Always Wanted to Do LSD With Philip K. Dick? You’ll Love Playing Californium
Never let it be said that science-fiction writer Philip K. Dick didn’t grapple with big ideas. “The two basic topics which fascinate me,” he once wrote in an essay, “are ‘What is reality?’ and ‘What constitutes the authentic human being?’”
During his prolific career, Dick obsessed over those two questions in nearly every way imaginable. It’s no mistake that, for the past few decades, Hollywood, television, and videogames have adapted, referenced, and blatantly stolen from his catalog. If a writer has an idea for an off-beat story about worlds that don’t quite fit together, Dick probably did it first.
A new game from French developers pays tribute to that mind. Californium, available this week for PC, is a deep dive into Dick’s broken worlds and surreal landscapes—a cover song in videogame form, an attempt to distill the author’s ideas to their chaotic essence.
You play as Elvin Green, a drug-addled, burned-out writer living in Berkeley, California in the late ’60s. The sun paints everything orange, the heat bakes Elvin’s apartment through the windows. His wife slides a note under the door to say she’s leaving him. His publisher cuts him off, saying “a writer who doesn’t write” is of little use to anyone.
Then things get interesting. Elvin’s television starts talking, and arcane glyphs begin boring holes through reality. As the holes grow wider around Elvin, flowing like spilled ink, portals to new realities open. Californium plays like a hidden-object game on acid: Find the glyphs hiding in Elvin’s surroundings and watch reality crumble.
Even at the game’s beginning, Elvin lives in a paranoid world reminiscent of A Scanner Darkly, with mysterious hallucinogens and bespectacled G-Men floating up and down the boulevard. It’s a place of over saturated colors and caricatured, sketch-like faces—everything slightly off kilter, the visual style recollecting a druggy dream. Berkeley soon dissolves and devolves even further—into a blue-tinted alternate history that worships Abraham Lincoln. More worlds, stranger still, lie beyond. All the while, an off-screen voice taunts you.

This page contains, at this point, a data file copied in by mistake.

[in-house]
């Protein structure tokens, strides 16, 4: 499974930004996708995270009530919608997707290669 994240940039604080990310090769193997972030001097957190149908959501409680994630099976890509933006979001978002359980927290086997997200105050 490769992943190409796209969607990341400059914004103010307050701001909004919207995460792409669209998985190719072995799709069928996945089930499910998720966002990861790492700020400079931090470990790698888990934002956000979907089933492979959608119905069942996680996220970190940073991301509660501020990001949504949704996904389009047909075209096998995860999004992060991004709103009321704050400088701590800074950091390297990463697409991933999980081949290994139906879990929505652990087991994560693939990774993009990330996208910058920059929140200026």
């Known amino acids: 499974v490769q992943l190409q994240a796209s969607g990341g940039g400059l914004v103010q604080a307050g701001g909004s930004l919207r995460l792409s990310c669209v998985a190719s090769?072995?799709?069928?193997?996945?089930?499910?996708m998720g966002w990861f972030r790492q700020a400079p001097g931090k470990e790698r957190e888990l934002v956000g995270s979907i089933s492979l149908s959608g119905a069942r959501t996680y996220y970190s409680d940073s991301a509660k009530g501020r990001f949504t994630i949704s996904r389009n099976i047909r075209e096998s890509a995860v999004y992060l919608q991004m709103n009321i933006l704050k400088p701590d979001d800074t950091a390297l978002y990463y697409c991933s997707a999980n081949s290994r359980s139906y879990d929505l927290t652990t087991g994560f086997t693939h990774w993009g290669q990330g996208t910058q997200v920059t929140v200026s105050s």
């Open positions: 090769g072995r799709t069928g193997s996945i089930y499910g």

The game is an elegant, fictionalized snapshot of a man who didn’t merely create stories about fractured realities, but lived one. Late in his life, Dick had a series of hallucinations, a corpus of visions he called “2-3-74,” after the period in February and March in 1974 when they occurred. He saw a “pink beam” that invaded his mind, and had encounters with God. He came to believe that the world he lived in was not real, but a veil pulled over the actual world—one in which he was a Christian from the time of the New Testament—and that human history beyond that point was just an illusion.
There are hints of these ideas in Californium, pointing to the idea that something transcendent is happening to Elvin. Late in the game, some characters begin speaking in religious koans. “The time of restoration is nigh,” one of them says. “The future will retreat into the present, where it will become truth. Or maybe Elvin is simply ill—schizophrenic, with a brain damaged by years of drug abuse. The same was likely true of Dick as well.
“I have a secret love of chaos,” Dick wrote in that same essay. “There should be more of it.” Californium’s greatest strength, fittingly, is a single-minded, methodical devotion to its own entropy—in its design as well as its themes. It’s not a masterwork of game design; it has some nasty bugs, and its lone game mechanic can get laborious over its three-hour runtime. But it functions beautifully as a loving dive into the ideas of one of science fiction’s greatest and strangest.
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